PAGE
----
Skip to content

Instantly share code, notes, and snippets.

Last active June 7, 2019 19:46
Show Gist options
  • Save RulerOf/caddd8db5b781527537965e9b0a9d362 to your computer and use it in GitHub Desktop.
Save RulerOf/caddd8db5b781527537965e9b0a9d362 to your computer and use it in GitHub Desktop.
Installing ZFS on Linux on Oracle Linux 7

Installing ZFS on Linux on Oracle Linux 7

We're going to add ZFS support to our Oracle Linux installation. We'll just add the ZFS on Linux Repo, verify the binary signature from GitHub, install the files, ensure the driver loads properly, and verify that it's functional. We'll save things like array creation for another document.

This is mostly a transcription of the process from the CentOS/RHEL ZoL installation manual.


This will install ZFS v0.7 release on OEL 7.7 and earlier, and ZFS 0.8 on OEL 7.8 and later.

Install the repo file

Add the ZFSonLinux repo and verify the fingerprint.

Note — manual fingerprint verification is atypical but we'll do it anyway just for kicks.

# Get OS release number in the format used by the ZoL repo
OS_RELEASE=$(rpm -q --qf "%{VERSION}" $(rpm -q --whatprovides redhat-release) | sed 's/\./_/g')
# Populate this from GitHub if necessary
# Install repo
sudo yum install -y$OS_RELEASE.noarch.rpm
# Get repo fingerprint and normalize it (remove spaces)
REPO_FINGERPRINT=$(gpg --quiet --with-fingerprint /etc/pki/rpm-gpg/RPM-GPG-KEY-zfsonlinux | grep "Key fingerprint =" | sed -e 's/ //g' -e 's/Keyfingerprint=//g')
# Compare
if [ $(echo $GITHUB_FINGERPRINT | sed -e 's/ //g') == "$REPO_FINGERPRINT" ]; then
  echo "Fingerprint verified."

Install the DKMS-style packages

Add the EPEL repo if we haven't already:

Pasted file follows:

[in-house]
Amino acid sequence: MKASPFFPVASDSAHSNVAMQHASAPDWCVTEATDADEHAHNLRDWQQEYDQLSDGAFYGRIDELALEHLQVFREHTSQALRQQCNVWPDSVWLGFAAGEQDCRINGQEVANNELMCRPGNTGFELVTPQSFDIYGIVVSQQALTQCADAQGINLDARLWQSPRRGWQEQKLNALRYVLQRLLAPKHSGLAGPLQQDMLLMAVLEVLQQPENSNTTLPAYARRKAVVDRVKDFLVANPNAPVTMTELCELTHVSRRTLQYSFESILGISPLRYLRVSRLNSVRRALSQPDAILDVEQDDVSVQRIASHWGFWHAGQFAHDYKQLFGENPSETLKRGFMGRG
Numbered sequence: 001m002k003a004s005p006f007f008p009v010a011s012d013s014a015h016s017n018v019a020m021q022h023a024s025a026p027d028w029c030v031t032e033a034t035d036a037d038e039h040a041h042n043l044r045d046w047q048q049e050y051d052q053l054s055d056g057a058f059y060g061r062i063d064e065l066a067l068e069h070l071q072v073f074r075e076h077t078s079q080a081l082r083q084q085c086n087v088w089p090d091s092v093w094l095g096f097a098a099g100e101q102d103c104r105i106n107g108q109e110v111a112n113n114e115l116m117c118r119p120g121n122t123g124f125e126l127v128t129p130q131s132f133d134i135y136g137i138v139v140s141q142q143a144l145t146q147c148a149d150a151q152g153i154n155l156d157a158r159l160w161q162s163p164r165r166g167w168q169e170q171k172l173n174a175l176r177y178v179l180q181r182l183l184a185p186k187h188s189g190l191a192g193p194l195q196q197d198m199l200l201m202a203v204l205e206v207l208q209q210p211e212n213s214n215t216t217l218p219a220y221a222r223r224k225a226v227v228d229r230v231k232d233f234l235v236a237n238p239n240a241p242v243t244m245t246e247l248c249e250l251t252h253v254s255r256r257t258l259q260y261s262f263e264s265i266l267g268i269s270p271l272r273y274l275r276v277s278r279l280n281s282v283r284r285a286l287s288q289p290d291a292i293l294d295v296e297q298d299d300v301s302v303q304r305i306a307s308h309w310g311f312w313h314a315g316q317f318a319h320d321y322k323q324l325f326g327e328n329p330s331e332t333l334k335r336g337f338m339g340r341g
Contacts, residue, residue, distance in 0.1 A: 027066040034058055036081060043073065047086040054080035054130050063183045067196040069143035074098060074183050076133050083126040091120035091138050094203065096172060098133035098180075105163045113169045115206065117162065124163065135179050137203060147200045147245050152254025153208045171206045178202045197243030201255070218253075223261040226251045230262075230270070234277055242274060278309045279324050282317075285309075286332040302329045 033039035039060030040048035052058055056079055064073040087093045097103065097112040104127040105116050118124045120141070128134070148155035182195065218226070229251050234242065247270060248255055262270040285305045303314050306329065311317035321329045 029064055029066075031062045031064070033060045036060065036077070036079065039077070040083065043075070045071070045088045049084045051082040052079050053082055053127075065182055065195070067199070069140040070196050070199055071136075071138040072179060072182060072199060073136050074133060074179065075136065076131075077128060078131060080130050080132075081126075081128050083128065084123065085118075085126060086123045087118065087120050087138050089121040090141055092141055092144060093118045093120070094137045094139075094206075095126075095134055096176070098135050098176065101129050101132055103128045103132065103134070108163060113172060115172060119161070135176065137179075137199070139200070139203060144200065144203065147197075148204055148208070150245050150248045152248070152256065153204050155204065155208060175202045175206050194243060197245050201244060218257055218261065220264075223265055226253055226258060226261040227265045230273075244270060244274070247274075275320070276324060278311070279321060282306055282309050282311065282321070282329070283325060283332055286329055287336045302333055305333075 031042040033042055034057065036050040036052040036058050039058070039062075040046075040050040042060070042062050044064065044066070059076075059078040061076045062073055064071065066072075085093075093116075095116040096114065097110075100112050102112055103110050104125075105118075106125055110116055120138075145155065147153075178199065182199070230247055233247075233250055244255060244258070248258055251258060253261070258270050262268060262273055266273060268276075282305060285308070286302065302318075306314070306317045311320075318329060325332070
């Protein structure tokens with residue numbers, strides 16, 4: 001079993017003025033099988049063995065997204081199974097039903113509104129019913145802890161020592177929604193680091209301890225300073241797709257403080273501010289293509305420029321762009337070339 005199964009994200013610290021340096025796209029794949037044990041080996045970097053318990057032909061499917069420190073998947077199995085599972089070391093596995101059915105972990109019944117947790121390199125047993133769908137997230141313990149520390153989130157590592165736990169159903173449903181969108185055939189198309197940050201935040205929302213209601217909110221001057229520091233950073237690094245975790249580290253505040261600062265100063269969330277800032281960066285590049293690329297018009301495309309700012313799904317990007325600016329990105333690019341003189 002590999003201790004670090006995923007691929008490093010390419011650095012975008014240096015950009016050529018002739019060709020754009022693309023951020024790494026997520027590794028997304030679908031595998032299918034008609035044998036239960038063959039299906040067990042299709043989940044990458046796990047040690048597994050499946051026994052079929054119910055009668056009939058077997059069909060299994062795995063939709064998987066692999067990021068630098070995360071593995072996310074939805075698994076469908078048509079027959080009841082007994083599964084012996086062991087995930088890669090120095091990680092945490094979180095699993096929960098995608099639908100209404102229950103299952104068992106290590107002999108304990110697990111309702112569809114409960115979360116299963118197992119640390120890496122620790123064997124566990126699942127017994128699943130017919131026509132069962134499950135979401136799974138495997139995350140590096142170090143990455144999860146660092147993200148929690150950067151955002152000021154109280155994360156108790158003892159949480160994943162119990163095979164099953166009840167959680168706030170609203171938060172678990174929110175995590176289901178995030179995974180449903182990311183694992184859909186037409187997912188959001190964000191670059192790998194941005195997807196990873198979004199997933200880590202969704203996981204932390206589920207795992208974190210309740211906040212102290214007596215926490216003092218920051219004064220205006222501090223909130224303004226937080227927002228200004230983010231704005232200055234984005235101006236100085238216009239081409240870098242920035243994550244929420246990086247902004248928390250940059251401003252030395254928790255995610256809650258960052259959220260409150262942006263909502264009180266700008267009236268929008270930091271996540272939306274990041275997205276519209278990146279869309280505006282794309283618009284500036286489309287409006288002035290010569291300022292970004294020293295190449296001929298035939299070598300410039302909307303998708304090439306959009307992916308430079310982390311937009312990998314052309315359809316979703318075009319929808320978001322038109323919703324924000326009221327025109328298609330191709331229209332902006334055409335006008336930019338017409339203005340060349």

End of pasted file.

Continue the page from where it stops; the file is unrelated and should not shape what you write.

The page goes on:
# Get OS Release number
OS_RELEASE=$(rpm -q --qf "%{VERSION}" $(rpm -q --whatprovides redhat-release))
# Pull the major version number from that
OS_RELEASE_MAJOR=$(echo $OS_RELEASE | cut -d. -f1)
# Install the corresponding EPEL repo
sudo yum install -y$OS_RELEASE_MAJOR.noarch.rpm

Install the DKMS ZoL package. Note that we're installing kernel-uek-devel instead of kernel-devel because OL7 ships with the UEK instead of the regular kernel by default. You could always install both packages without any issue if you're unsure.

# Enable the Oracle Linux kernel repo
sudo yum-config-manager --enable ol7_UEKR4
# Match the installed kernel to a specific kernel-uek-devel release
THIS_KERNEL_PACKAGE=$(for i in $(yum -v list kernel-uek-devel --show-duplicates); do echo $(uname -r) | grep -o $i; done | uniq)
# Install the kernel headers first because zfs needs them but does not depend on them
sudo yum install -y kernel-uek-devel-$THIS_KERNEL_PACKAGE
sudo yum install -y zfs

Load the driver

Use modprobe to load the driver, and then you can confirm by tailing dmesg:

[root@drew-metal ~]# modprobe zfs
[root@drew-metal ~]# dmesg | tail
[165105.669011] <6>fioinf Fusion-io ioDrive Duo 640GB 0000:0e:00.0: Attach succeeded.
[552041.207486] SPL: Loaded module v0.7.3-1
[552042.862591] ZFS: Loaded module v0.7.3-1, ZFS pool version 5000, ZFS filesystem version 5